During the best performances I can sense that the audience has consented. Consented to being controlled, to being dominated, to being taken, even when they don’t know where exactly it is we’re going… which doesn’t mean they lose control, of course not, and this is why performing might be more true to a BDSM relationship than Fifty Shades of Grey is. The audience have utter control over me too. The contract is very simple. The air can shift at any time.

 See Schlock! 

8th Nov: Aldeburgh Poetry Festival

12th Nov: mac birmingham

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No one really intended to kill all the children

Children have become shields
Children have become negotiators
Children have become philosophers
Children have become celebrities
Children have become martyrs
Children have become patient
Children have become flies
Children have become sexed
Children have become stupid
Children have become terror
Children have become food
Children have become rapists
Children have become dreams
Children have become brutal
Children have become memories
Children have become socialists
Children have become guns
Children have become adverts
Children have become angels
Children have become roads
Children have become poets
Children have become violence
Children have become dirt
Children have become strong
Children have become missiles
Children have become news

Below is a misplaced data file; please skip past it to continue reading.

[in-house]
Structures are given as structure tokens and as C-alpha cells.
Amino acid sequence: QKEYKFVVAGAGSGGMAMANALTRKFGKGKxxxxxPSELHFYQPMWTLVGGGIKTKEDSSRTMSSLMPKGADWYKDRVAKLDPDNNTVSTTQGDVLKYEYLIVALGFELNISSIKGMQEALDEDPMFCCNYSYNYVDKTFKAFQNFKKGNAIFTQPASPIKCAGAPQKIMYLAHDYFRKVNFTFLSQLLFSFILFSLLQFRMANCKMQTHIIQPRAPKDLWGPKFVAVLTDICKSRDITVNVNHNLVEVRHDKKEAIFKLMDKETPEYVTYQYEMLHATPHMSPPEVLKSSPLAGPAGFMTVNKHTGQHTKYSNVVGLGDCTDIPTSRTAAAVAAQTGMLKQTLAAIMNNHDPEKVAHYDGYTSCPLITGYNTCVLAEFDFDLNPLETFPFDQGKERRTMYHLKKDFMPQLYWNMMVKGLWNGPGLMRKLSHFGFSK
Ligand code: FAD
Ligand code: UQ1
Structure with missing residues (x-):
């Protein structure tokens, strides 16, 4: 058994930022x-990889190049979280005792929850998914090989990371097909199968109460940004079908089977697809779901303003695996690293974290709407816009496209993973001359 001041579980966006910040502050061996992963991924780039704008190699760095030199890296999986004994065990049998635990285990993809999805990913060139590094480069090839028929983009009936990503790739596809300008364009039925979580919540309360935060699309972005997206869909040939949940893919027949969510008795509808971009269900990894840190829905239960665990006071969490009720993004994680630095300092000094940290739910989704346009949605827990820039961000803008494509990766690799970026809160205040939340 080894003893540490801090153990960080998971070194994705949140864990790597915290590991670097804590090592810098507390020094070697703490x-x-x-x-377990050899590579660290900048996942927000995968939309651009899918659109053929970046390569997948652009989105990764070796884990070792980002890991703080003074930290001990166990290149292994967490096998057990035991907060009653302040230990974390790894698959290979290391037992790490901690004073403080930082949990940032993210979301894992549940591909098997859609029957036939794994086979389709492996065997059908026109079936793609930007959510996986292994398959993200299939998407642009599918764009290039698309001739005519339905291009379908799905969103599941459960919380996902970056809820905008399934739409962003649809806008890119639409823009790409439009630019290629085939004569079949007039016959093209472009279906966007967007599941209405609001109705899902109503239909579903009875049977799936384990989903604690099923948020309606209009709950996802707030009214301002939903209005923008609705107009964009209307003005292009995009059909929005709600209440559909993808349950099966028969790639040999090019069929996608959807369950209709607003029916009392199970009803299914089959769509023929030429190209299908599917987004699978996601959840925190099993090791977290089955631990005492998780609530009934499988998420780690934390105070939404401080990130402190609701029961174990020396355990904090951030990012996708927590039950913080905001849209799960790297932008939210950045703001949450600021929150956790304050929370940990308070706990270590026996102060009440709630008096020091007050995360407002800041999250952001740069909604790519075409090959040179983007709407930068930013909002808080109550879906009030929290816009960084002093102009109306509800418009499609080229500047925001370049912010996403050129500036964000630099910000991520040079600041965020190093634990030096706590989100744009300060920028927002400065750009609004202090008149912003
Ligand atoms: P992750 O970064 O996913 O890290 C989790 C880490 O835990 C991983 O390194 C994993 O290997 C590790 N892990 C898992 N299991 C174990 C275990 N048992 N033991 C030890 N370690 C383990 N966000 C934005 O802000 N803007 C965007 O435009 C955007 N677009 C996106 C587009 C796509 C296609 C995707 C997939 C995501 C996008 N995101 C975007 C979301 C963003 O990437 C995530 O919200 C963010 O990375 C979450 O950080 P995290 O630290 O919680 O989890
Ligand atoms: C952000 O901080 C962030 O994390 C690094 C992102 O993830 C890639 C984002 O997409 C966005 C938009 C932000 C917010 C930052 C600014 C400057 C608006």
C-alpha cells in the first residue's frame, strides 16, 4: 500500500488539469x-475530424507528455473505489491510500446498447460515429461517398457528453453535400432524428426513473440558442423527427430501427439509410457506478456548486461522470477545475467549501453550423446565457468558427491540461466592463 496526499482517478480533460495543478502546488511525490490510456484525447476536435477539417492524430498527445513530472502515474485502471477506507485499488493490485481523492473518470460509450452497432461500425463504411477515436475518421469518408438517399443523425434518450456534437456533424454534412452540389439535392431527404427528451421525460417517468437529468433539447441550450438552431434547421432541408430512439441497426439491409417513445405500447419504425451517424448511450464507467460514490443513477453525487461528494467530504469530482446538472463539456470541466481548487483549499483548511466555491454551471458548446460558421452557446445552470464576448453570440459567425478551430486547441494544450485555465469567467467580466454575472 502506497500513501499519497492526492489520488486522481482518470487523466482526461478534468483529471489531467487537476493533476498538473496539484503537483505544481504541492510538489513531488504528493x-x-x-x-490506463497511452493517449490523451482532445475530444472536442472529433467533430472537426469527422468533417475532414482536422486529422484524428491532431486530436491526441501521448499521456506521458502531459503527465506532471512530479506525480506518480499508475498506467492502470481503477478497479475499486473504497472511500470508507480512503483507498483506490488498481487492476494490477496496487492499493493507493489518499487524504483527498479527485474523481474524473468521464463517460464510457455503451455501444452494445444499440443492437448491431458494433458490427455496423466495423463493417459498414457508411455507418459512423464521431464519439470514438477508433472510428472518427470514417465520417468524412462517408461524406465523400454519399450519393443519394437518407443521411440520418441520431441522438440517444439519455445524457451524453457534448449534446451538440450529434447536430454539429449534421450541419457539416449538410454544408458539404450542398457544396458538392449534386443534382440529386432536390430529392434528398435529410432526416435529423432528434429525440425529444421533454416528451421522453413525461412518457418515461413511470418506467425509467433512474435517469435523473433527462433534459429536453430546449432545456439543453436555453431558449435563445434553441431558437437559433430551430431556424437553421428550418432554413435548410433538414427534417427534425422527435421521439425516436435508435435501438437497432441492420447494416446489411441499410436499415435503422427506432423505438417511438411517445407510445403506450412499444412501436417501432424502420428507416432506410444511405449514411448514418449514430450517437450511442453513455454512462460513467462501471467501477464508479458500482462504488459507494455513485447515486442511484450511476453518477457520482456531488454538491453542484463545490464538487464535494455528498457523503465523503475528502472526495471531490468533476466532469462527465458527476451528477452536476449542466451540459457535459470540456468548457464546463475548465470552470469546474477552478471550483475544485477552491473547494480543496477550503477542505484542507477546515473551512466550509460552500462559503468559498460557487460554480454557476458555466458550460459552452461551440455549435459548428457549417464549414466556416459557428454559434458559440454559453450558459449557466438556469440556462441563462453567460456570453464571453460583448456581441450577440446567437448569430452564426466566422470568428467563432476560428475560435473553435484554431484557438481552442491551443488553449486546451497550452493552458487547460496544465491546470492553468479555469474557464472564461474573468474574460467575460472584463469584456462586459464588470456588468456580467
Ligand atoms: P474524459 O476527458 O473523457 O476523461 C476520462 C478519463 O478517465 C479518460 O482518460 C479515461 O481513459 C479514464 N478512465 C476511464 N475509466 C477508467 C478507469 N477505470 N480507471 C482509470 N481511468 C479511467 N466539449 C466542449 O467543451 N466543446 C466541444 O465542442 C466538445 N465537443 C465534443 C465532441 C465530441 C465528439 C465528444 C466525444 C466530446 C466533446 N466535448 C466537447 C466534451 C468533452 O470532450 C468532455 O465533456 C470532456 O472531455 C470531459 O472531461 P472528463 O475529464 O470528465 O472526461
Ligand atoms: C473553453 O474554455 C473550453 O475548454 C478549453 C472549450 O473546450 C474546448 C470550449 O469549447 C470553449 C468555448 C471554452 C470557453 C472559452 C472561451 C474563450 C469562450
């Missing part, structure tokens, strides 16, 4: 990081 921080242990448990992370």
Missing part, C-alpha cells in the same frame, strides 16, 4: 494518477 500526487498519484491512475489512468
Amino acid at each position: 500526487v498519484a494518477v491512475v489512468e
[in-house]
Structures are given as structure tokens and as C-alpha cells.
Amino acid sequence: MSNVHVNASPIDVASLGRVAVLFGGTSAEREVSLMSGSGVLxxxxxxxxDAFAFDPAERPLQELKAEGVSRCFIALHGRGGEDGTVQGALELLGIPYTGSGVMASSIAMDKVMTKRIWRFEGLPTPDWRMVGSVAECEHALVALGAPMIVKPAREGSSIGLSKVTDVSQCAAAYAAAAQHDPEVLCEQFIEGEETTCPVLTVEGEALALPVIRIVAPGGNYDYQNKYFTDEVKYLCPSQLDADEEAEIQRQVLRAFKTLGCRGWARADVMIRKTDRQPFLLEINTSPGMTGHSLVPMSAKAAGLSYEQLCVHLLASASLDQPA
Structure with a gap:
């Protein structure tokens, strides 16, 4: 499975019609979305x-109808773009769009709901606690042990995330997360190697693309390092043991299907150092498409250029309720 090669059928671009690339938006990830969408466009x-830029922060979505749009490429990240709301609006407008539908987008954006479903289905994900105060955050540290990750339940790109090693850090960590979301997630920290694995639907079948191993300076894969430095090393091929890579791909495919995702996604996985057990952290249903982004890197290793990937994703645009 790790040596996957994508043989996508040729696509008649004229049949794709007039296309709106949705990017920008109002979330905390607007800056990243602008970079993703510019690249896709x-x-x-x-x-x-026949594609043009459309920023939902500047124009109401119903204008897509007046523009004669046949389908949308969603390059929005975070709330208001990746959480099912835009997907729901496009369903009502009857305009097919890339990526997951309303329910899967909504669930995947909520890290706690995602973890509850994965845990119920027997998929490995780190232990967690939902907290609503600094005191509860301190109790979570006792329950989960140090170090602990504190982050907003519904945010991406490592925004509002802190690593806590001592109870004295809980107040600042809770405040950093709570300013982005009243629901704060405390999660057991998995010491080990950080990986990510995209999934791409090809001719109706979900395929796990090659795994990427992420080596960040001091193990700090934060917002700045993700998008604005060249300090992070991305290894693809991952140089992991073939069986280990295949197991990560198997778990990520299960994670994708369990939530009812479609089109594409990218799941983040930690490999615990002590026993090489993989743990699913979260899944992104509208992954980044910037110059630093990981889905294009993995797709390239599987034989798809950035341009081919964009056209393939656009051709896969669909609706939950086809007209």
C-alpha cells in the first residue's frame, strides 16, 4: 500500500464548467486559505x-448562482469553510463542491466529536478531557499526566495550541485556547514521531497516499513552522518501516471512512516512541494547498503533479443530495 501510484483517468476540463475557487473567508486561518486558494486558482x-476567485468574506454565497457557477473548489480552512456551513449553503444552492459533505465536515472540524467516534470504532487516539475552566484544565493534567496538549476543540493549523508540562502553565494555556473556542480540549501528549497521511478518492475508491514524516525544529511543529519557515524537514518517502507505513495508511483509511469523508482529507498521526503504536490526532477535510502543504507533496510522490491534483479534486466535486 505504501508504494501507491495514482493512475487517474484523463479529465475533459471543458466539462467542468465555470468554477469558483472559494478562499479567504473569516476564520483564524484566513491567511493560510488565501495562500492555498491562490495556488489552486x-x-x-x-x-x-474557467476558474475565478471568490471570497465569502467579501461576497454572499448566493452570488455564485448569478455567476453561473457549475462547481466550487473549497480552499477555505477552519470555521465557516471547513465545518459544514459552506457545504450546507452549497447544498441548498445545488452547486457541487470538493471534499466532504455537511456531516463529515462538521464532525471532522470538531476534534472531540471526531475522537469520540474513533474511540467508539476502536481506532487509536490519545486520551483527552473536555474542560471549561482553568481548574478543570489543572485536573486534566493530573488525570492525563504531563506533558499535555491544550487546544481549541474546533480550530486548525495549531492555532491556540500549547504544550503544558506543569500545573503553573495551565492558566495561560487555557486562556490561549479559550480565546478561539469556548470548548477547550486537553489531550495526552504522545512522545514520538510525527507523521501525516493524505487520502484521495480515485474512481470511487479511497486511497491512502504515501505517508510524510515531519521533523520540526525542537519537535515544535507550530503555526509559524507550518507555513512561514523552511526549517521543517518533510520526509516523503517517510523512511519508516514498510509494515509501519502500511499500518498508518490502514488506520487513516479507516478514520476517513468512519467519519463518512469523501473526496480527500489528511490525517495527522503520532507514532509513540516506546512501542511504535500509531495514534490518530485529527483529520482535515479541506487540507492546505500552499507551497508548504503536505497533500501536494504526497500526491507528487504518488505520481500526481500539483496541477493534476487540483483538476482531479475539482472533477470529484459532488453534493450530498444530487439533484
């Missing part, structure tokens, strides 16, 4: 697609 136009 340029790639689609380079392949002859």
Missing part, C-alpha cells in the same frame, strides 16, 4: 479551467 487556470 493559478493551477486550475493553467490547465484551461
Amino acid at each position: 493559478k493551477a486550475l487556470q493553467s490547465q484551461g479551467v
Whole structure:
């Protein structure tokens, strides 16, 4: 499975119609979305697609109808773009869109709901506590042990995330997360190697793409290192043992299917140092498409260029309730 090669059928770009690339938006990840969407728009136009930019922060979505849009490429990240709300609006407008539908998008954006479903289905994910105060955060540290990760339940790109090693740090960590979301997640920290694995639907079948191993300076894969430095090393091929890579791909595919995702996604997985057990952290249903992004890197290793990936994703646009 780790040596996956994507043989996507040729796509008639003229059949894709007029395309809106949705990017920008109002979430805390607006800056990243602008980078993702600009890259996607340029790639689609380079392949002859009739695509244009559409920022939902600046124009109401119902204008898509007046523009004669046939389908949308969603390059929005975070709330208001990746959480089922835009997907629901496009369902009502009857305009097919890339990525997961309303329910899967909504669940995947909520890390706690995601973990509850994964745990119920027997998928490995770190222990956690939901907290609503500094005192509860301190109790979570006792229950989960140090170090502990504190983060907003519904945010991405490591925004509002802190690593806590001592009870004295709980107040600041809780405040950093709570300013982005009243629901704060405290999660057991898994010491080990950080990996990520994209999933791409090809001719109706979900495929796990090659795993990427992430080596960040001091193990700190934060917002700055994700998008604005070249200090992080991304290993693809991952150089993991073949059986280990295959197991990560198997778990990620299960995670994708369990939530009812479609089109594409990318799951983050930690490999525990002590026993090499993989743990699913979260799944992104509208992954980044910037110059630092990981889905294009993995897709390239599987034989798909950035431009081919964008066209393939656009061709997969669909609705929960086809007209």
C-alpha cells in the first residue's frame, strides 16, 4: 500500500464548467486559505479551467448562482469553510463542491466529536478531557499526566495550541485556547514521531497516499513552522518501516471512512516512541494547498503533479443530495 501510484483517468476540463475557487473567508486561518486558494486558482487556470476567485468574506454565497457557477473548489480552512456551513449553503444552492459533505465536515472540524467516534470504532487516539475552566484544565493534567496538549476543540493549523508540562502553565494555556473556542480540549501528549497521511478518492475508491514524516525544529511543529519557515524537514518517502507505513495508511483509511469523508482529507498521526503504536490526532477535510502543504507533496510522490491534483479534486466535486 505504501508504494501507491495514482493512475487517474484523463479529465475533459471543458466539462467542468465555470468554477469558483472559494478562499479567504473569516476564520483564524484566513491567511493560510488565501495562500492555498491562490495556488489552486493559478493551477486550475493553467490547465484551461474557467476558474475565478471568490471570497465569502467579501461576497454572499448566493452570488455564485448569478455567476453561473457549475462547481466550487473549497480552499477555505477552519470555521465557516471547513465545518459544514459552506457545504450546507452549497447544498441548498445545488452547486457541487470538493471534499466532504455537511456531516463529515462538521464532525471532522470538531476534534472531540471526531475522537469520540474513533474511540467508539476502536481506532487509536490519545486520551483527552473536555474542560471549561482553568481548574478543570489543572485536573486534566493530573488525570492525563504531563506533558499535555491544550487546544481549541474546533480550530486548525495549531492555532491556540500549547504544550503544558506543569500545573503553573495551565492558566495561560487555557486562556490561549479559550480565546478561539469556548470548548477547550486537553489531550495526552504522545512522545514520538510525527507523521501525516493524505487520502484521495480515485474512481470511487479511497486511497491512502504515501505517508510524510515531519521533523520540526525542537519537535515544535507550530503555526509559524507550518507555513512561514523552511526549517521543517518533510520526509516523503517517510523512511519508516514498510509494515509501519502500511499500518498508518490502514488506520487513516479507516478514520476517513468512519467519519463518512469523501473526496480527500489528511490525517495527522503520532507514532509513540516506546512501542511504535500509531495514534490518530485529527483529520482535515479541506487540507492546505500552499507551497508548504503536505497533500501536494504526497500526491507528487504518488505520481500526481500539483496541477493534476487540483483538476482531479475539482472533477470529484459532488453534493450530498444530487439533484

Children have become ideas
Children have become horror
Children have become parents
Children have become desolate
Children have become fantasy
Children have become lit candles
Children have become cities
Children have become distressing
Children have become too much

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Writing process blog tour

noticeboard

I got tagged by the brilliant Julia Bird to take part in a blog tour about writing processes. It’s the questions that are touring so no long train journey for a change… Here are some previous responses….

Julia Bird

Katy Evans Bush

Anna Robinson

Gemma Seltzer

A B Jackson

Adam Horovitz

and looking at them will take you to others…

What am I working on?

I’m working on a new solo show called ‘Schlock!’ – which comes from the Yiddish word ‘shlak’ and means something cheap, shoddy or inferior. – A risky kind of title, but in theory it refers to the literature that I’m working with rather than the quality of my performance. The schlock I am using to make Schlock! is Fifty Shades of Grey. I’m ripping out pages, scrunching it up, doing searches for sentences that contain the word ‘pain’ or ‘love’ or ‘hurt’ on my Kindle version. I’m also working with Kathy Acker’s novel ‘In Memoriam to Identity’ and the project is influenced by her writing methods and writings about the body. It’s been commissioned by the (very brave) Aldeburgh Poetry Festival for November and is produced by Penned in the Margins.

Fifty carcass

I’ve been commissioned to write a short monologue by Women and Theatre, an organisation based in Birmingham. It’s my first writing commission in Birmingham since moving here last summer, and I’m honoured to be working with such an inspiring organisation. Women and Theatre have been making theatre for 30 years and the monologue I’m writing is one of a series of pieces focused on women who have been in their particular field for thirty years, my field is business, and so far the women I’ve interviewed for the project couldn’t be more different to each other, so I’m considering writing several characters within the one monologue…..

How does my work differ from others in its genre?